Industry Trends

Read about trends that impact research-intensive industries.

Industry Trends

Checklist for life scientists weathering the COVID-19 pandemic

Kudos to Science Exchange’s requesters and providers who are fulfilling their mission to deliver scientific breakthroughs, despite being impacted by the COVID-19 pandemic.

It may seem challenging to keep life science research going while maintaining social distancing best practices. 

However, we found that, in a preliminary survey of Science Exchange providers, the large majority remain fully or partially operational.

Those survey results will be shared in an upcoming post. Meanwhile, here are some tips we’ve gathered to help life science R&D teams turn a crisis into an opportunity:

Jump to section:

OUTSOURCE WISELY

  1. http://www.scienceexchange.comDiversify your outsourced R&D: maintaining a diverse base of R&D service providers, such as CROs and core laboratories across multiple geographies, can help you avoid potential delays due to plant closures or travel restrictions. Many biotechs and pharmaceutical companies have used the Science Exchange platform to establish a diverse base of R&D service providers. Projects can start immediately with any CRO on Science Exchange, because no additional contracts/MSAs/CDAs/NDAs are required. 
  2. If projects (either internal, or with a CRO) get suspended, consider using the Science Exchange network to easily transfer the project to another CRO, with no contracting delays. 
  3. Explore third-party technologies: You can use this opportunity to test novel technologies being developed continuously by innovative CROs and academic labs to plan your long-term strategy for networked R&D. Using the Science Exchange network of providers mitigates associated risk, because Science Exchange takes full legal and financial responsibility for all work performed through the platform.

GO DIGITAL, AND DISTRIBUTE KNOWLEDGE

  1. Make sure lab members can access data, manuscripts, papers, and other information assets from a remote location, including making sure that all personnel have access to high speed internet.
  2. Establish regular routines for video conferencing, to discuss papers, findings from analysis of our work, review each other’s work.
  3. Consider establishing a collaboration workspace, such as Slack or TeamViewer, to easily organize communication and data.
  4. Establish backups: cryopreserve cell cultures, for example, and store in two separate places. Record storage locations and enter into a centralized information hub (could be a spreadsheet, database, or cloud content management system).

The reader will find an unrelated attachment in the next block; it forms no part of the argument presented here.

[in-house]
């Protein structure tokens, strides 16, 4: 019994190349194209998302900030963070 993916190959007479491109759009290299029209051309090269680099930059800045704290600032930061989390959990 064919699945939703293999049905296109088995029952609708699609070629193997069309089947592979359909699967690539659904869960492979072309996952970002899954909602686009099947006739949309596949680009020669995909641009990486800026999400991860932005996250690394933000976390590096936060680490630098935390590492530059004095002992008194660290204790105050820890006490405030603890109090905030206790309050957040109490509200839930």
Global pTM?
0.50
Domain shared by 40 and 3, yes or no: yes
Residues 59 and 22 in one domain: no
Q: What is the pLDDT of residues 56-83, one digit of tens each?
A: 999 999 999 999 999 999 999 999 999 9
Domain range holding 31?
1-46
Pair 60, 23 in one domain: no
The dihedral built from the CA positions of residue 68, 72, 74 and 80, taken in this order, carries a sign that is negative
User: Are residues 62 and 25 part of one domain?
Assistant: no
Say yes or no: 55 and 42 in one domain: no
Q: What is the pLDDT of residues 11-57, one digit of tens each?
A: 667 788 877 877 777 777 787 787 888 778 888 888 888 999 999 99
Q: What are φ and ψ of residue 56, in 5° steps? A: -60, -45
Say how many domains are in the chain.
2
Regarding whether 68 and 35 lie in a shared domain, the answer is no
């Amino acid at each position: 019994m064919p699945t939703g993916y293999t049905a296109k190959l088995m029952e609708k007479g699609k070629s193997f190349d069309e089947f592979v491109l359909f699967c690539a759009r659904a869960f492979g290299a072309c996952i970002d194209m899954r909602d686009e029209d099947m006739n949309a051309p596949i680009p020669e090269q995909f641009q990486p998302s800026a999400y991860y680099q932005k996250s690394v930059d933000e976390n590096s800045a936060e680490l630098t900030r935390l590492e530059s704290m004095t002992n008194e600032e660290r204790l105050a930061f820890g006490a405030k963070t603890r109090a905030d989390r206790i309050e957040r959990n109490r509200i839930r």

5. Develop a shared protocol repository in the same hub, so that more than one person knows how to perform each task. Even better, use video protocols — recent findings from a controlled reproducibility trial show that when a researcher sees a procedure performed, replications are more likely to reproduce the original result, compared to using a written protocol.

KEEP SOCIAL DISTANCE

  1. If your organization must limit the number of personnel with access to your facility, consider having a limited number of personnel share maintenance across multiple labs, so that the manager of one lab might also have access to, for example, 4 other labs in the department.
  2. Use a shared calendar to assign 1-2 approved personnel to come into the lab per day, to tend to critical experiments, perform animal care functions, check liquid nitrogen levels, check compliance with safety protocols and waste disposal regulations.
  3. Make sure at least three individuals’ contact information are listed on each piece of critical equipment or temperature-controlled rooms, so that there is backup response to alarms even if some personnel are quarantined.

5 Ways Scientists Can Stay Productive While Working Remotely

  1. Reach out to research teams whose recent work impacts yours — consider collaborations, joint virtual meetings, outsourced innovation (see above), or co-authorship.
  2. Attend a virtual training on a research technique new to you.
  3. Attend a webinar relevant to your career goals.
  4. If you don’t already, join the scientific community on Twitter — it is quickly becoming the researcher’s medium of choice for sharing data, gathering feedback, expanding your network, and promoting replication.
  5. Take a position on, and write a review of, an emerging topic relevant to your area of research. 
ABOUT THE AUTHOR
author

Chandreyee Das

Director, Marketing

Chandreyee Das, Ph.D. (Chemical Biology, UCSF) is Director of Marketing at Science Exchange with 15 years of research experience and 14 years of life science content marketing experience. Chandreyee was a Fulbright Scholar and won fellowships from the U.S. NSF and NIH. Following postdoctoral research at Dana-Farber Cancer Institute, she worked at MilliporeSigma, delivering scientific content to life science tools customers. She has published in both peer-reviewed and industry news outlets.

Leave a Reply

Your email address will not be published.